WEST PALM BEACH, Fla. — A woman hasn’t let her personal struggle stand in her way of improving a challenging time for hundreds of others, and she needs your help to push forward during the greatest challenge of her own life.
Mariela Contreras stood in her kitchen, her sister Deniz Ozaltin by her side, surrounded by carefully stacked items.
“There’s cozy socks, there’s Chapstick, there’s a notebook that you can district yourself with,” Contreras said.
The two are preparing care packages for women they likely will never meet, who will receive the items on their first day of chemotherapy.
It was an experience that felt bewildering to Contreras, who was just 23 years old when she was diagnosed with triple-positive breast cancer. She underwent a double mastectomy and chemotherapy treatments while also caring for her mother, who was battling lung cancer at the time.
“She’s really adamant about wanting to make a difference,” Ozaltin explained.
They call themselves Boobie Troopers. They gather the things that can make a world of emotional difference during the physical fight.
“You’re sad, you’re scared, you’re alone,” remembered Contreras.
At the time of her first diagnosis, Contreras had a strong and stoic attitude.
“No, no, no, I had cancer, had, had surgery, they removed it, didn’t claim it, didn’t accept it. And that’s it, I just continued on with you know, school, I continued on with life, taking care of my mom,” she said.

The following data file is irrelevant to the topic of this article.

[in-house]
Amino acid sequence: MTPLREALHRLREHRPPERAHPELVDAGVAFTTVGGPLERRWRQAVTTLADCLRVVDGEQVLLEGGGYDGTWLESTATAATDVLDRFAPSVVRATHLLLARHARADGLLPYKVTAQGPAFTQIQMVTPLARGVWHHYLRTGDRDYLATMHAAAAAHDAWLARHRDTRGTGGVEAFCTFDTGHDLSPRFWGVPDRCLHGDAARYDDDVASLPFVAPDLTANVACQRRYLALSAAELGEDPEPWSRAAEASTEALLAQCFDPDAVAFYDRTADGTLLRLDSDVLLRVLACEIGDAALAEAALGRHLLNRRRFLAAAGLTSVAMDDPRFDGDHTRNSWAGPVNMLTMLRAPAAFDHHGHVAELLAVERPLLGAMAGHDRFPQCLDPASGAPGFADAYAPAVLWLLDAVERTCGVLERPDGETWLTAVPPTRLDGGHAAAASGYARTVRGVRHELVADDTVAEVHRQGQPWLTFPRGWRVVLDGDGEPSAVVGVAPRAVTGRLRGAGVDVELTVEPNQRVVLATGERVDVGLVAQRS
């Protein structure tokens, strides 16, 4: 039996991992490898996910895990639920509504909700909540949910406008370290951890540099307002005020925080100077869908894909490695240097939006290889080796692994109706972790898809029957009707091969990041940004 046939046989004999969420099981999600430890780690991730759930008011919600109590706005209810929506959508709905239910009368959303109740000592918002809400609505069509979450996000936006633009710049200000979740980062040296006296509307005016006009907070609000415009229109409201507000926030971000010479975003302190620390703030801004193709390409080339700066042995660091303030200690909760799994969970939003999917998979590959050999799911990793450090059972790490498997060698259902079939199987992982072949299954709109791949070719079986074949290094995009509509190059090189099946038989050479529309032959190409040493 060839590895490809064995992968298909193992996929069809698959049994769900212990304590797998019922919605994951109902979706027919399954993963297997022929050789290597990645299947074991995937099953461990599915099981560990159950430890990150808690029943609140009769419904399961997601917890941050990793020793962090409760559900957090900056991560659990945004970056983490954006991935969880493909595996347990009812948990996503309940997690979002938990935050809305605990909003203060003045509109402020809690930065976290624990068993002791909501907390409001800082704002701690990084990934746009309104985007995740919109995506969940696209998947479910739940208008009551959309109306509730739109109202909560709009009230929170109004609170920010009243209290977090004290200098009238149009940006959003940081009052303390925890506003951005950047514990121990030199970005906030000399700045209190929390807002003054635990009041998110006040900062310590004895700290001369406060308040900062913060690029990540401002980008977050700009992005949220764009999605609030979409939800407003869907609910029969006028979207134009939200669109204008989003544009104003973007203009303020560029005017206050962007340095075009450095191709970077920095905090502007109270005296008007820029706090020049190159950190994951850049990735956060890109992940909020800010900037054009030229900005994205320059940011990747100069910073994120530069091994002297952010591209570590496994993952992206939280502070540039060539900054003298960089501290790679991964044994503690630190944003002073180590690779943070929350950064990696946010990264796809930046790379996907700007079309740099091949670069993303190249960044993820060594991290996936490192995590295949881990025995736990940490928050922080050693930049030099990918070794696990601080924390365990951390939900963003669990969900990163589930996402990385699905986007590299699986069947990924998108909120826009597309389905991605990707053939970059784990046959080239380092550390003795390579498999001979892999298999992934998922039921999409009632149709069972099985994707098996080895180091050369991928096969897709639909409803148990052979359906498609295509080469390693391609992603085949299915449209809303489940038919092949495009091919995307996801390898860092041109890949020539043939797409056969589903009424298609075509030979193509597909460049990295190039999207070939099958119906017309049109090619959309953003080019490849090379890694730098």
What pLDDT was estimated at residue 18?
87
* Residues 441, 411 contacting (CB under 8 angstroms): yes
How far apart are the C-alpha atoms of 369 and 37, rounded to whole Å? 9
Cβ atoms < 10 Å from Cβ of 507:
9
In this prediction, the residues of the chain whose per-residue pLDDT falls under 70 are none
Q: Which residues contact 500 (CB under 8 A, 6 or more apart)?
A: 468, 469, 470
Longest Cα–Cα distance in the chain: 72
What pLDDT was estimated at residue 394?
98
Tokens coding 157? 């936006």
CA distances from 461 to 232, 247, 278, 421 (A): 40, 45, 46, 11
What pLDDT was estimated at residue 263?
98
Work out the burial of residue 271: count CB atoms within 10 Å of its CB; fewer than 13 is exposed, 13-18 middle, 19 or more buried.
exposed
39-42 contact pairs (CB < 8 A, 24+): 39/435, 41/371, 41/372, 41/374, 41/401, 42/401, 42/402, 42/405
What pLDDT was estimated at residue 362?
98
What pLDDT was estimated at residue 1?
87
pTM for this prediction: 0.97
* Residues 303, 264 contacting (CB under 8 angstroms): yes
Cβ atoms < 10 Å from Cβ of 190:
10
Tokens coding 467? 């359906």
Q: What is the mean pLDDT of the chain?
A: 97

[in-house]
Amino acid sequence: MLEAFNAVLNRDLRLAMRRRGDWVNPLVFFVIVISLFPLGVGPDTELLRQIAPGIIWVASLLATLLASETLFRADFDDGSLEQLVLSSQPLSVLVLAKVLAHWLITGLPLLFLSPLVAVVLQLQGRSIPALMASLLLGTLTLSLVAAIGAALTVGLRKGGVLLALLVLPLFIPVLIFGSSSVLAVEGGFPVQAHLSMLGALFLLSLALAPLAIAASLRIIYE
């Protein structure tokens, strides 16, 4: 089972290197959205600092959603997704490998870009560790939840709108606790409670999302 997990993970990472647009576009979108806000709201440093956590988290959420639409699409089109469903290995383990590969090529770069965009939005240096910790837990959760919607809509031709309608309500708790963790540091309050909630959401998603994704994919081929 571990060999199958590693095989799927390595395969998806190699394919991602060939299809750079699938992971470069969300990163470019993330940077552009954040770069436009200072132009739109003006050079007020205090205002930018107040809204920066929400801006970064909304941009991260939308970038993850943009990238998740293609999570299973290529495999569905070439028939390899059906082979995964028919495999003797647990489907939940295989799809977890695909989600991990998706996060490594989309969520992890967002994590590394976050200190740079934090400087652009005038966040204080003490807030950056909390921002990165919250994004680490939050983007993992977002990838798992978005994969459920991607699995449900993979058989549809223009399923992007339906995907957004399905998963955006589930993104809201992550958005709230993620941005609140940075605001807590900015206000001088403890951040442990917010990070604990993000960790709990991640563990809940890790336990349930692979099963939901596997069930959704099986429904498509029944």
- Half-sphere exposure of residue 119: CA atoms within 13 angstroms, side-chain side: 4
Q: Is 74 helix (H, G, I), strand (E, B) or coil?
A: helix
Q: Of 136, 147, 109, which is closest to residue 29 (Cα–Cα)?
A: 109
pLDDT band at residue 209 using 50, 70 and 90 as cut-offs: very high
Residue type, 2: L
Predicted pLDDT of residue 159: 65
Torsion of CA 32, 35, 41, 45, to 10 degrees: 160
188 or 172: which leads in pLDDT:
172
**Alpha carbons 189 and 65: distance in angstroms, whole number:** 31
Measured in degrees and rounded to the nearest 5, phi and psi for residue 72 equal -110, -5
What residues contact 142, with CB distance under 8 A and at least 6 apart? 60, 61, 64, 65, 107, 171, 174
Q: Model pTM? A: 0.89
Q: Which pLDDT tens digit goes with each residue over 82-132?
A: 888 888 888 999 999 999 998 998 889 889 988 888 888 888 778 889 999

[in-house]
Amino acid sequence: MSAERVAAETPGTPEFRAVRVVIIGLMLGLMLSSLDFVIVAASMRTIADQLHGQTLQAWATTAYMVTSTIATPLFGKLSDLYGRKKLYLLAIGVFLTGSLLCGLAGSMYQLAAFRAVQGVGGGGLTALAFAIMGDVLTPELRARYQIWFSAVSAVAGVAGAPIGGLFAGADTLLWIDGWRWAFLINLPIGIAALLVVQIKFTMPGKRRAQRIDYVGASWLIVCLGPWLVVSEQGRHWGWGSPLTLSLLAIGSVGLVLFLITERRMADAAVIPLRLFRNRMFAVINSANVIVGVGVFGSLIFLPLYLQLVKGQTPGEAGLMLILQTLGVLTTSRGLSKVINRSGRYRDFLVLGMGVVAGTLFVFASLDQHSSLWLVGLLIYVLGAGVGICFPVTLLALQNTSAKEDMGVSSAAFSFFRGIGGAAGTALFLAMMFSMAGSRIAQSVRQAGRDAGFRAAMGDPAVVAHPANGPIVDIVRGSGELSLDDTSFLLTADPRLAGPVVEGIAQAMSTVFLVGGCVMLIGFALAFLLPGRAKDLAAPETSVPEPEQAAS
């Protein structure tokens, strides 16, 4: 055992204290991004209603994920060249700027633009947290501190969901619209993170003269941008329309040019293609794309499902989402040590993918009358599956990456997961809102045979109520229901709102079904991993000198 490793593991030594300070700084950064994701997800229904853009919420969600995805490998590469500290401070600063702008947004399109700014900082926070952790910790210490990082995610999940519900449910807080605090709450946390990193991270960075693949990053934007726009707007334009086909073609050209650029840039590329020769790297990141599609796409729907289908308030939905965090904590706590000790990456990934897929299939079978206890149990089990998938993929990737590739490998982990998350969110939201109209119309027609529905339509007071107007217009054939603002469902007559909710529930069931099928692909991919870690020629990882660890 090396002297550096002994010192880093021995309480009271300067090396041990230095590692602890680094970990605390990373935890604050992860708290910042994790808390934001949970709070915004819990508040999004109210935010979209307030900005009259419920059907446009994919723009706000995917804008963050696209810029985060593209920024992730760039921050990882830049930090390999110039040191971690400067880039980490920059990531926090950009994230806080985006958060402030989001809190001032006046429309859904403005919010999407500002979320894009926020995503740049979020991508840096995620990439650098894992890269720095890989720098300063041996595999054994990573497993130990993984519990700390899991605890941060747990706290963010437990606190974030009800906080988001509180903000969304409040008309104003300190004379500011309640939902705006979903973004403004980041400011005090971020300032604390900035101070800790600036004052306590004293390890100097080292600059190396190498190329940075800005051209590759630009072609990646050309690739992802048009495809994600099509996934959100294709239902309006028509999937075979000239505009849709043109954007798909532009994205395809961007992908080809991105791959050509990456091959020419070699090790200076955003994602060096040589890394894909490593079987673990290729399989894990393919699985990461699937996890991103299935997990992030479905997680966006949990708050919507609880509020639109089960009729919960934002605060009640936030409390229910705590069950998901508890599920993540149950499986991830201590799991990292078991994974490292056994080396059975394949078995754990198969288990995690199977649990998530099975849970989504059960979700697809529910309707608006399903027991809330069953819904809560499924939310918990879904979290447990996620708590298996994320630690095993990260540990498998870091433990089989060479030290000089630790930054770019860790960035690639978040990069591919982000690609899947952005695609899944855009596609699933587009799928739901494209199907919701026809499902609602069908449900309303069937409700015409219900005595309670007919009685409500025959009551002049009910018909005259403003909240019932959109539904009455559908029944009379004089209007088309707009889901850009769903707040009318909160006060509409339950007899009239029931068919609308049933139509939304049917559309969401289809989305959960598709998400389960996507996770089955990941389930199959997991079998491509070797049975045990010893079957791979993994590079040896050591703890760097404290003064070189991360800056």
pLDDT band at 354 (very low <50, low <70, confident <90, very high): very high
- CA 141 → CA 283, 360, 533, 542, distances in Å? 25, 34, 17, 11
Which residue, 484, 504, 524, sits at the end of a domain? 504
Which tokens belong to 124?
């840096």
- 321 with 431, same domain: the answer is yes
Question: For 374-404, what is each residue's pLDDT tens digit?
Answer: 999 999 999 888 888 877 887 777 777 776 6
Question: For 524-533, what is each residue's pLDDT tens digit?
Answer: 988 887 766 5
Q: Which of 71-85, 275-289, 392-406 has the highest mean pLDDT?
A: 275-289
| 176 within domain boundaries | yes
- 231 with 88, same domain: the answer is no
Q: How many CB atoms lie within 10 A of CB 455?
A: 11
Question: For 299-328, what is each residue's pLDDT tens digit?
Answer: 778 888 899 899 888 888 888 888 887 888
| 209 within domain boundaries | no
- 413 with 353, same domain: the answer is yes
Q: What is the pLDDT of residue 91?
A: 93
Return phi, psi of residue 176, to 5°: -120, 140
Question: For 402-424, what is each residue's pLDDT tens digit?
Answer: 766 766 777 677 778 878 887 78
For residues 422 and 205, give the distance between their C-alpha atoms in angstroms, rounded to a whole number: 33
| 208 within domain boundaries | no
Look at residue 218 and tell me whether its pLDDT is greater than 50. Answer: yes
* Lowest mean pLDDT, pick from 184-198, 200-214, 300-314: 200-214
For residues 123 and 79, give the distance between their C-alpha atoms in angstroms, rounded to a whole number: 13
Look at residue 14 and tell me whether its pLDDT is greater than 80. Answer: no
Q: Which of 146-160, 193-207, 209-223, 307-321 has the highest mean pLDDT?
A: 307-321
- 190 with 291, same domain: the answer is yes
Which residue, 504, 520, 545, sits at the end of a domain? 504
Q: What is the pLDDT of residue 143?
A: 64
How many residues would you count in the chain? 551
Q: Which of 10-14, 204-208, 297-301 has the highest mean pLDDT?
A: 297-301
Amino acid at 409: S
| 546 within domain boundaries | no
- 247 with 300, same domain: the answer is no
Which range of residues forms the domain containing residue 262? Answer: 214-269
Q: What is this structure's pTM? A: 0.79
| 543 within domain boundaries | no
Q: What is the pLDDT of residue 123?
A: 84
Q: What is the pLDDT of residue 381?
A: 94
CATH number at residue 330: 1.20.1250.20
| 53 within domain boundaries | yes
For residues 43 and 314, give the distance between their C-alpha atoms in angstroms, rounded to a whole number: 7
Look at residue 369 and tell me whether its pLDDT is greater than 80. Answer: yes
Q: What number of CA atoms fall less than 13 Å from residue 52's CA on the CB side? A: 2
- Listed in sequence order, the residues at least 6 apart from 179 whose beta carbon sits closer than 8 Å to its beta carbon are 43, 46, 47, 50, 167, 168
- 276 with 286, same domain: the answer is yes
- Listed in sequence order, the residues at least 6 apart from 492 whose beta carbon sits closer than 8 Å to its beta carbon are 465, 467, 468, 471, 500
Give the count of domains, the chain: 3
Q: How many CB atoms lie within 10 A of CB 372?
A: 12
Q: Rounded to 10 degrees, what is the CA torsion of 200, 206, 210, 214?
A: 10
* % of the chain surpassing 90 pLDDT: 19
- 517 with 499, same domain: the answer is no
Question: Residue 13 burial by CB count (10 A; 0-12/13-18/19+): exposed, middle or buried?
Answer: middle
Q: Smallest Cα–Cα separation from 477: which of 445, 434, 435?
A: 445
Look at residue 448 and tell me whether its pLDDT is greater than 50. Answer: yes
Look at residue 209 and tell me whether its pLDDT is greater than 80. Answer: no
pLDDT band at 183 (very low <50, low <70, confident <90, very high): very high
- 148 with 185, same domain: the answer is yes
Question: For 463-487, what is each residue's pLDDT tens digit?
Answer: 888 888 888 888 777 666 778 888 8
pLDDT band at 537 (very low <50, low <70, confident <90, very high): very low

Past that stage, she was healthy enough to welcome a baby girl with her high school sweetheart using IVF, and life propelled forward.
In 2019, she experienced a new blow, and it was the first time Contreras faltered.
“I do believe there’s a God, He’s up there. I get mad, I get upset, I question, but I still believe. Yeah,” she said.
Metastatic cancer in her breasts had traveled to her lungs and her brain. Contreras is determined to fight through it.
“Not gonna lie, I question my faith so much. But um, I just hang on to it no matter what, you know?”
Contreras has persevered in her efforts with Boobie Troopers, which gathers products from the community, providing them to hundreds of women at four area hospitals in South Florida.
“Cancer is an ugly thing, I hate it. But I don’t believe that we should let it define us, you know, it shouldn’t put a hold on my life. Do I get upset at times that I can’t be running after my daughter. That I can’t live or be a normal mom. Cancer has taken definitely a lot of me. But it won’t stop me, it won’t break me,” she said.
She has found hundreds of women she’s helped have reached back out to help her.
“On social media, she posts everything, the good, the bad the ugly,” Ozaltin explained.
She’s found herself supported by others in the process.
“Every time I go in for a scan, I’m like, Boobie Troopers can we all assemble, say a prayer for me please?” she said.
She’s looking to the future, and hopeful the community will help keep her efforts going.
“I envision myself at my daughter’s wedding. I envision myself growing old with my husband. So, life continues. Yeah, for sure,” she said.
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